Reports emerged recently that Trump’s EPA directed NASA to abort a mission to detect hazardous air pollution in the wake of Hurricane Harvey. Rather than obtain information about the health risks faced by the people of Houston, the agency seemingly preferred to keep itself, and the public, in the dark.
This revelation is a gruesome one. We know that Hurricane Harvey damaged factories, storage tank farms, and other places rife with toxic chemicals. We know that Houstonians reported health problems commonly associated with chemical exposure in the days and weeks following the Hurricane, including rescue crews who risked their own safety to save others.
Yet, EPA — it says at the behest of state regulators — prevented NASA from using the most sophisticated scientific instruments to collect comprehensive data about toxic air pollution resulting from fires, spills or other effects of the hurricane.
The data NASA would have gathered about the prevalence and location of toxic air pollution could have detected serious threats to public health. Because the consequences of toxic exposure may not manifest for years or decades, better information could enable people to make better choices about their future health care, possibly saving lives through early detection of cancer or other latent diseases.
Or NASA’s data could have been consistent with that obtained by EPA and the state using less sophisticated means, providing peace of mind to hurricane victims. Instead, people are left to wonder: Was my cough a simple cold? Was my nausea the result of stress? Or was it something far more sinister?
We don’t yet know the details of how or why EPA made this decision. Natural disasters require snap judgments made in challenging circumstances and this could have been an understandable error in judgment made in the heat of the moment. What should alarm all of us, however, is that this decision is in keeping with other actions that EPA has taken in recent years to undermine environmental law by controlling information about environmental problems.
For example, it proposed a rule to prevent the agency from considering peer-reviewed scientific research on the dangers of toxins if that research was collected in a manner ensuring individual privacy. It has also repeatedly monkeyed with the scientific advisory boards designed to provide non-partisan advice from leading scientists.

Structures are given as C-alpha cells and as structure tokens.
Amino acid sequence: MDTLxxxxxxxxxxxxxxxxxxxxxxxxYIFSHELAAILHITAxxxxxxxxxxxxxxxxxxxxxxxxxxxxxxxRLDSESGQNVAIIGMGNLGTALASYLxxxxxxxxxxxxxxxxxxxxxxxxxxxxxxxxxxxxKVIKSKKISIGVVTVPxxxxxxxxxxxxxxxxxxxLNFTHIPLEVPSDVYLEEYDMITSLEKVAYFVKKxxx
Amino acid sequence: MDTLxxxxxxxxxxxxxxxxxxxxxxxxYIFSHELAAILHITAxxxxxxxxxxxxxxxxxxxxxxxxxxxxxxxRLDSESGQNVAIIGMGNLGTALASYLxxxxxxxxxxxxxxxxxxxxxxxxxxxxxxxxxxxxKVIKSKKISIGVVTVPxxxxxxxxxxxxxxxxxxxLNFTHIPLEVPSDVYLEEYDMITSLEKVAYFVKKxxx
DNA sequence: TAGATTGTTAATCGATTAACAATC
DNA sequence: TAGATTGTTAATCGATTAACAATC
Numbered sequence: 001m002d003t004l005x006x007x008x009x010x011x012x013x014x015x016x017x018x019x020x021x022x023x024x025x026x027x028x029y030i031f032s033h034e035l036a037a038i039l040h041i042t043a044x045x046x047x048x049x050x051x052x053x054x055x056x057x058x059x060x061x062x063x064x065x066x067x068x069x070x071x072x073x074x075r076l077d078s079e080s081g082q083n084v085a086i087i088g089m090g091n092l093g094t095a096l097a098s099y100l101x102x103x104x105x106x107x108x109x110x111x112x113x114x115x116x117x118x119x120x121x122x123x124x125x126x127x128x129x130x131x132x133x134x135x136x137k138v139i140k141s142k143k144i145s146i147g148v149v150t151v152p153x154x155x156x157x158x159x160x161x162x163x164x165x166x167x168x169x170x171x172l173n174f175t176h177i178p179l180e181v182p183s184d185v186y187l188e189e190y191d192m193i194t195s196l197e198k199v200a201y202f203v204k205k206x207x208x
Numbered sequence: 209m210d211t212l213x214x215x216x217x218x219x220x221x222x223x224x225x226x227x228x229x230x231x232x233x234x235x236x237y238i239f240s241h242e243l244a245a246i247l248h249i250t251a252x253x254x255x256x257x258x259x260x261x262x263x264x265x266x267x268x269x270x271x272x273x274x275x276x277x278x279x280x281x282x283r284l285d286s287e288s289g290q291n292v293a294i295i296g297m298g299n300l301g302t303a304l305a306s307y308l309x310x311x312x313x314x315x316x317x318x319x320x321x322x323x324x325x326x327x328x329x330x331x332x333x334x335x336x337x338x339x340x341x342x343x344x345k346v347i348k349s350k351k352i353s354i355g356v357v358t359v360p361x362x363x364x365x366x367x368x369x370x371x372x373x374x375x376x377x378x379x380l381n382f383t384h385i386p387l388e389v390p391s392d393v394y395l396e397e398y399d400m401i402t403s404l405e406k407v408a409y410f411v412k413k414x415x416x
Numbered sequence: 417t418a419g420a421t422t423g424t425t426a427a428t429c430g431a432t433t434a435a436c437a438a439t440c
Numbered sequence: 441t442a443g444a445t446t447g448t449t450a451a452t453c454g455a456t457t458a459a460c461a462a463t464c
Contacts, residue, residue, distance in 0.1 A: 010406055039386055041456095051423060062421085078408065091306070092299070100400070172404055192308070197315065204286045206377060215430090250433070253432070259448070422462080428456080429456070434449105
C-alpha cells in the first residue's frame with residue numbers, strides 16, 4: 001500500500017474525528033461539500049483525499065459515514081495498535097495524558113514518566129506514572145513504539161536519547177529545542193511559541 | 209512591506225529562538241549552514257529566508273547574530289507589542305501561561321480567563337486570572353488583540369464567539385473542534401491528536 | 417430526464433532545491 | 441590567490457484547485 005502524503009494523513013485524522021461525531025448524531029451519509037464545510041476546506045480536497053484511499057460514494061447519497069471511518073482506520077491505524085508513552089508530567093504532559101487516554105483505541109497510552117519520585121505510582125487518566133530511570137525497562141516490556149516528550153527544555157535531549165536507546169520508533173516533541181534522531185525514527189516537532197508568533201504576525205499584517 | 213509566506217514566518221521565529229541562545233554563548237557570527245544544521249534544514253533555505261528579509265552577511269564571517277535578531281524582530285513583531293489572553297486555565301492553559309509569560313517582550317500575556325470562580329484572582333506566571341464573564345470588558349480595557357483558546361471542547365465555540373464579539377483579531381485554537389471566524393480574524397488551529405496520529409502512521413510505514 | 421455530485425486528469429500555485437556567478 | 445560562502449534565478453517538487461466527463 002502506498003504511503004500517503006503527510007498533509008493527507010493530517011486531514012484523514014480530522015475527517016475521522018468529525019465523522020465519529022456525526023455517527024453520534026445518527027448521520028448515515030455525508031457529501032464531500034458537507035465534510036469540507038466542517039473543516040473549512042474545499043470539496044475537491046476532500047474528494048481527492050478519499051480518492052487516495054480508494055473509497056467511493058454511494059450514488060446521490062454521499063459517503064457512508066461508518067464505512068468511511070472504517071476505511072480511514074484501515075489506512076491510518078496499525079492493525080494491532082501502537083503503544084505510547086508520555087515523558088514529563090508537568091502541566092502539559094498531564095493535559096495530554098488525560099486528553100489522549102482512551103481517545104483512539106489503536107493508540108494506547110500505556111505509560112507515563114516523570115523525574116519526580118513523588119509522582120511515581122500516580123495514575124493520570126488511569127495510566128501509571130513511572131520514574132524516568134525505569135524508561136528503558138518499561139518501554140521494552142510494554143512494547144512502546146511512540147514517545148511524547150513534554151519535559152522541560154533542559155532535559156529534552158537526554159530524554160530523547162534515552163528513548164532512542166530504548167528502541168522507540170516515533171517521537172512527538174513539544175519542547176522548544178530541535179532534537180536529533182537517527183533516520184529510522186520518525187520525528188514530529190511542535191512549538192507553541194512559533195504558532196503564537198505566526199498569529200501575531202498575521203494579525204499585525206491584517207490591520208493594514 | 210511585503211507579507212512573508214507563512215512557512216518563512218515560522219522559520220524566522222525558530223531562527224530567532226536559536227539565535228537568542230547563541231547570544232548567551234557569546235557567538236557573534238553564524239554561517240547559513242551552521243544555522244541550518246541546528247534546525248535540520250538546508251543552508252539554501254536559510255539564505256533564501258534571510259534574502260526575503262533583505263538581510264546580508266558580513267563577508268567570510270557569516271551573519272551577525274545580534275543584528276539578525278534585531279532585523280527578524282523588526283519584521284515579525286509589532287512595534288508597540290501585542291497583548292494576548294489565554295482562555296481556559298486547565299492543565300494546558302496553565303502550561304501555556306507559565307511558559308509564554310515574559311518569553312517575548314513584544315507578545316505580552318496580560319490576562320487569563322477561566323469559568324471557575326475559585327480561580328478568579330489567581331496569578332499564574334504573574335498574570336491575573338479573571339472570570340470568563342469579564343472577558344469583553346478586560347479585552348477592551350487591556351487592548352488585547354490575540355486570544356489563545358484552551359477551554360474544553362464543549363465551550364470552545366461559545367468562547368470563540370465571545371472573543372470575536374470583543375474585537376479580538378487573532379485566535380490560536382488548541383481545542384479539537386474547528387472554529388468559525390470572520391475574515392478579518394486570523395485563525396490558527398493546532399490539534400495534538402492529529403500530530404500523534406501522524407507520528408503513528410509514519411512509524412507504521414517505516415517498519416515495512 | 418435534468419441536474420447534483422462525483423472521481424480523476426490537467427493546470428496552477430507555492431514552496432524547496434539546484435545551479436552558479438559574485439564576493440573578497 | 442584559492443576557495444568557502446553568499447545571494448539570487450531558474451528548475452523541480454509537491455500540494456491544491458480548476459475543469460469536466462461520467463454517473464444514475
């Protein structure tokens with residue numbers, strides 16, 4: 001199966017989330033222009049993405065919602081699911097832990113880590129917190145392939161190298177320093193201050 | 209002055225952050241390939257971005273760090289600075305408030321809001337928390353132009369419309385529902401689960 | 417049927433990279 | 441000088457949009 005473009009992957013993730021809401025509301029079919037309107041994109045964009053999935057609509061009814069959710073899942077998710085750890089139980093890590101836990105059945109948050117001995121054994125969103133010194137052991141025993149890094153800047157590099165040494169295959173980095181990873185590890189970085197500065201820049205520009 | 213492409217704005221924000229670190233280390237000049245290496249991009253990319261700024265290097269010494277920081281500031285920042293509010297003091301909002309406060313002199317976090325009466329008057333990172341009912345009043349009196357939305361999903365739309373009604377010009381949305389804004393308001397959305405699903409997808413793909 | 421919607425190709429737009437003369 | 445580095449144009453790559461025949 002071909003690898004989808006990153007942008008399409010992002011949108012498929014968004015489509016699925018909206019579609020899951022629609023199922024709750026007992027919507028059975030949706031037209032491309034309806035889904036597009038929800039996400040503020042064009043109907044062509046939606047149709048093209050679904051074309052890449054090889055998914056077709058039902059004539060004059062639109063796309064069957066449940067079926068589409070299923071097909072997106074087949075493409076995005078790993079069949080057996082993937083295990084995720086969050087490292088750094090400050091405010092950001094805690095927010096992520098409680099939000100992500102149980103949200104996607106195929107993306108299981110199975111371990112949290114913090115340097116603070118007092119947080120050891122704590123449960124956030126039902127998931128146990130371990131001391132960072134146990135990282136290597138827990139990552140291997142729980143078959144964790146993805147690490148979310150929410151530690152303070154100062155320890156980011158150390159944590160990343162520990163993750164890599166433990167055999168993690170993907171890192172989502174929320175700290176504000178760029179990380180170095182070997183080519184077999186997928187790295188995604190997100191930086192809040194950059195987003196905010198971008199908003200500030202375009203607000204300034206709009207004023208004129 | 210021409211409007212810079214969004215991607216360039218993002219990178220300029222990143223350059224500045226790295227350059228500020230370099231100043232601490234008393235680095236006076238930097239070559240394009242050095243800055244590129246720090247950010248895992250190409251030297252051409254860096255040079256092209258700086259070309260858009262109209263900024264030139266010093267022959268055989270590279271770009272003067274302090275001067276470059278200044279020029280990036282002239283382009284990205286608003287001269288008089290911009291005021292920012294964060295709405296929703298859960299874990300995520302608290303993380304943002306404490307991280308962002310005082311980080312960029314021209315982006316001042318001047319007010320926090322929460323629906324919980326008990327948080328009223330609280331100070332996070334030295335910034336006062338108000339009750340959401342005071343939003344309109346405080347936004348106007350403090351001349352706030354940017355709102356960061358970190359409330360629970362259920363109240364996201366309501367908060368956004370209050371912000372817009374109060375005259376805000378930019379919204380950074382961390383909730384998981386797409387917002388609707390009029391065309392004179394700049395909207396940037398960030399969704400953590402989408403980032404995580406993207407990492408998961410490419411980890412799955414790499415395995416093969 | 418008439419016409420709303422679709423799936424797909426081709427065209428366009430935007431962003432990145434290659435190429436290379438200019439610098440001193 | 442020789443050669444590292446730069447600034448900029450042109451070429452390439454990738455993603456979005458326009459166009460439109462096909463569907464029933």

The EPA administers the nation’s most important environmental laws — the Clean Air Act, the Clean Water Act, the Superfund Law — which Congress enacted to protect public health and the environment from the ravages of pollution. These laws require companies to use sound pollution-control technologies and impose penalties when they fail. They also mandate that polluters, not the taxpayer, foot the bill for decontaminating the land and water.
The success of these laws depends on accurate information. If we don’t know about chemical releases, we can’t warn those in harm’s way, and we can’t bring to account those responsible. Put differently, eviscerating the protections afforded by our environmental laws does not require weakening the formal standards that are supposed to address air pollution, water pollution and the management of hazardous waste. Without accurate information, those standards are mere words on a page.
The current administration has demonstrated that it is willing to manipulate information to benefit regulated industries. Many of the Americans who will suffer as a result are the least powerful among us. Those who live in the neighborhoods in which polluting industries are most likely to be located. Those who couldn’t afford to leave Houston before the hurricane struck and remain away until the most immediate threats had been addressed.
EPA broke faith with the people of Houston, whether through inadvertence or cold calculation. A congressional investigation appears to be in the works and through it we will learn more about the agency’s motivations for spurning assistance from NASA. Hopefully, once under the microscope, EPA will resolve not to wield its considerable power to conceal difficult truths, and instead, rededicate itself to its duty to protect the American people.
Justin Pidot is a professor at the University of Denver Sturm College of Law, where his teaching and scholarship focus on environmental and natural resources law. He previously served as the deputy solicitor for Land Resources at the U.S. Department of the Interior and as an appellate lawyer at the U.S. Department of Justice.